USA: Children, Life Without Parole, and the Case of Christi Cheramie
In the USA children can be sentenced to life without parole, despite an almost universal legal and moral consensus that this sentence should never be imposed on someone under the age of 18 at the time the crime was committed.
The UN Convention on the Rights of the Child (which has been ratified by all states except the USA and Somalia) provides in Article 37 that:
‘States Parties shall ensure that:
(a) No child shall be subjected to torture or other cruel, inhuman or degrading treatment or punishment. Neither capital punishment nor life imprisonment without possibility of release shall be imposed for offences committed by persons below eighteen years of age’.
This recognises that children are still developing and not fully mature or fully responsible for their actions. Importantly, it also recognises that children have a special potential for rehabilitation and change, and should have the opportunity to be reintegrated into society. A sentence of life without parole denies children this chance of reintegration and, with it, the chance of rehabilitation. Children who receive this sentence are condemned to spend the rest of their lives in prison, no matter how they change, develop and learn as they move towards adulthood.
Children receive these sentences following prosecution as adults, as every US state has mechanisms that allow or require children to be prosecuted in the adult, rather than the juvenile, justice system. Some cases may be transferred to an adult criminal court at the prosecution’s request, or automatically for certain offences.
Last year Frances blogged about the case of Jordan Brown (here and here), and asked you to action on his behalf. Aged just 13, Jordan Brown was facing trial as an adult for the murder of his father’s girlfriend – a crime that was committed when he was only 11 years old. If Jordan had been tried and convicted in an adult court, the sentence of life without parole would have been mandatory.
A trial judge initially refused the transfer of Jordan’s trial to a juvenile court unless he pleaded guilty (saying this would demonstrate that he could be rehabilitated). However, such an approach clearly violated Jordan’s right not to incriminate himself, and the Pennsylvania Superior Court agreed. Jordan’s case was sent for a new transfer hearing and in August 2011 we heard the good news that Jordan’s trial had been transferred to the juvenile court.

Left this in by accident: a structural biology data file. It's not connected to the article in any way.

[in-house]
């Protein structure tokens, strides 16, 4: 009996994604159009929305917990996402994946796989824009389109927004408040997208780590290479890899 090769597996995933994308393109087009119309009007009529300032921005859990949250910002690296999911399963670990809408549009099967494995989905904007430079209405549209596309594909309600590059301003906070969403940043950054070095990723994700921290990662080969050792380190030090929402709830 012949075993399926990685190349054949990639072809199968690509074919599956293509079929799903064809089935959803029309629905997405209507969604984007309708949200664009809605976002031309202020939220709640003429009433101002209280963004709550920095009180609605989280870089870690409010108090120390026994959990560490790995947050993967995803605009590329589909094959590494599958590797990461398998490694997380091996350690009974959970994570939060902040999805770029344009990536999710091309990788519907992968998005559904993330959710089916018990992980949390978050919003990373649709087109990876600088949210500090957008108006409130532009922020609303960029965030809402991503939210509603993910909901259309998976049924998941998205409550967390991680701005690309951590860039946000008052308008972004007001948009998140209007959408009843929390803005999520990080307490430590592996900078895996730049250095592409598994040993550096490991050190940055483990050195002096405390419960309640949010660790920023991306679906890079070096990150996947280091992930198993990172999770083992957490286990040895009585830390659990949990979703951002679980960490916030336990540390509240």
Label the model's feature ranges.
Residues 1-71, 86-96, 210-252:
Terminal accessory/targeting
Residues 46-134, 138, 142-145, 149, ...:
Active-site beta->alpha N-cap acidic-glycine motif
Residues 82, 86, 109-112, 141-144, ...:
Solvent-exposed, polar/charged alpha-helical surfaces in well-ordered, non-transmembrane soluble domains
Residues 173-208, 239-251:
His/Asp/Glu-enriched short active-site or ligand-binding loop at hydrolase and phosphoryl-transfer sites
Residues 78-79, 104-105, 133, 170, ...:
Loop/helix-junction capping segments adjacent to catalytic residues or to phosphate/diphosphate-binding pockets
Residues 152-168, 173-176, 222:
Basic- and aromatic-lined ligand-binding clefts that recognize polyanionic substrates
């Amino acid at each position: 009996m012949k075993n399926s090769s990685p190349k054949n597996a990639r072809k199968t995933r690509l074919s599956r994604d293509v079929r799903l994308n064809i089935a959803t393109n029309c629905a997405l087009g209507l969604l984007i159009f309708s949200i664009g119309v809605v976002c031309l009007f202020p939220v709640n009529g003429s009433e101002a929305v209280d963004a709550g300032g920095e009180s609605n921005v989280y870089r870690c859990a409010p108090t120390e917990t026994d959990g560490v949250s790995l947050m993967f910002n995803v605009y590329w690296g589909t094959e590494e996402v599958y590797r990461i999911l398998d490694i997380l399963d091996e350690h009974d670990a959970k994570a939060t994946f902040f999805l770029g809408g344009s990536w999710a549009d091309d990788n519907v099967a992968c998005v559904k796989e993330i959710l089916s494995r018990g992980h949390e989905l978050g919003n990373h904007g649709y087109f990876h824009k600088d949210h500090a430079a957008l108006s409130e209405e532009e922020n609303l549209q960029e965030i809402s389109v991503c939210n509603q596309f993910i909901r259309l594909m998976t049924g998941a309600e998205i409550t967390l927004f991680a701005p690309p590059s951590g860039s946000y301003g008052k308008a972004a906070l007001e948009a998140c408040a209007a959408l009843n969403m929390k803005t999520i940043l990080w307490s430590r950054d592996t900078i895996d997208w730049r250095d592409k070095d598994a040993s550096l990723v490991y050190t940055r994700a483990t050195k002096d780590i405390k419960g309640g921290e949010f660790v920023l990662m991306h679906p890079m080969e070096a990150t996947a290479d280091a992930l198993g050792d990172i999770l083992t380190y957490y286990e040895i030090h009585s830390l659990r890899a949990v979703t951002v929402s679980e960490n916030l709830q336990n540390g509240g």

However, there are more than 2,500 people in the USA currently serving sentences of life imprisonment without the possibility of parole for crimes committed when they were younger than 18 years old. This has included children who were only 11 years old at the time the crime was committed.
Christi Cheramie is an example of the injustice of life without parole, a sentence which can never take account of the way an individual has developed, reformed and changed their life.
Christi Cheramie was sentenced to life without parole when she was just 16. She was described by a psychiatrist as a ‘depressed, dependent and insecure’ 16 year old who ‘seems to have been fearful of crossing’ her fiancé. Her childhood had been marked by sexual abuse, and at age 13 she was hospitalized in a psychiatric clinic after trying to commit suicide.
Christi was convicted of second-degree murder in relation to the killing of her 18 year old fiancé’s great aunt, which she maintains her fiancé carried out. Her case was transferred to an adult court for trial just 3 days after her arrest, and before a hearing (at which factors such as her history of mental health issues and amenability to rehabilitation would have been considered). Christi pleaded guilty just before her trial in the adult court, fearing she could be sentenced to death if the trial went ahead.
In 2001 she sought to withdraw her plea, saying she had not understood the proceedings at the time, or what pleading guilty to second degree murder really meant. Her request was denied, and her guilty plea prevents her from directly challenging her conviction or sentence.
Now 33 years old, Christi has obtained a high school equivalency diploma and a degree in agricultural studies, and is currently in charge of a number of classes on this subject in the prison where she is held. She has completed nearly all of the available education and vocational programmes and has been described by a Warden as a ‘model inmate’, ‘worthy of a second chance in society.’ Christi has expressed remorse over the death of the victim, Mildred Turnage, and Mildred Turnage’s closest relatives have stated that they believe Christi Cheramie deserves a second chance and that she was ‘very very young’ at the time.
However, with a sentence of life without parole, and no opportunity to appeal against either her conviction or sentence, Christi’s only hope of receiving that second chance is if she is granted clemency.
Christi Cheramie submitted an application for clemency with the Louisiana Board of Pardons in November 2011, and on 23 and 24 January the Louisiana Board of Pardons will decide whether to hear her application.
You can read more about this issue and Christi Cheramie’s case in Amnesty International’s recent report ‘This is where I’m going to be when I die’, which also includes the cases of two other people serving sentences of life without parole for crimes committed when they were children: Jacqueline Montanez and David Young.
Our blogs are written by Amnesty International staff, volunteers and other interested individuals, to encourage debate around human rights issues. They do not necessarily represent the views of Amnesty International.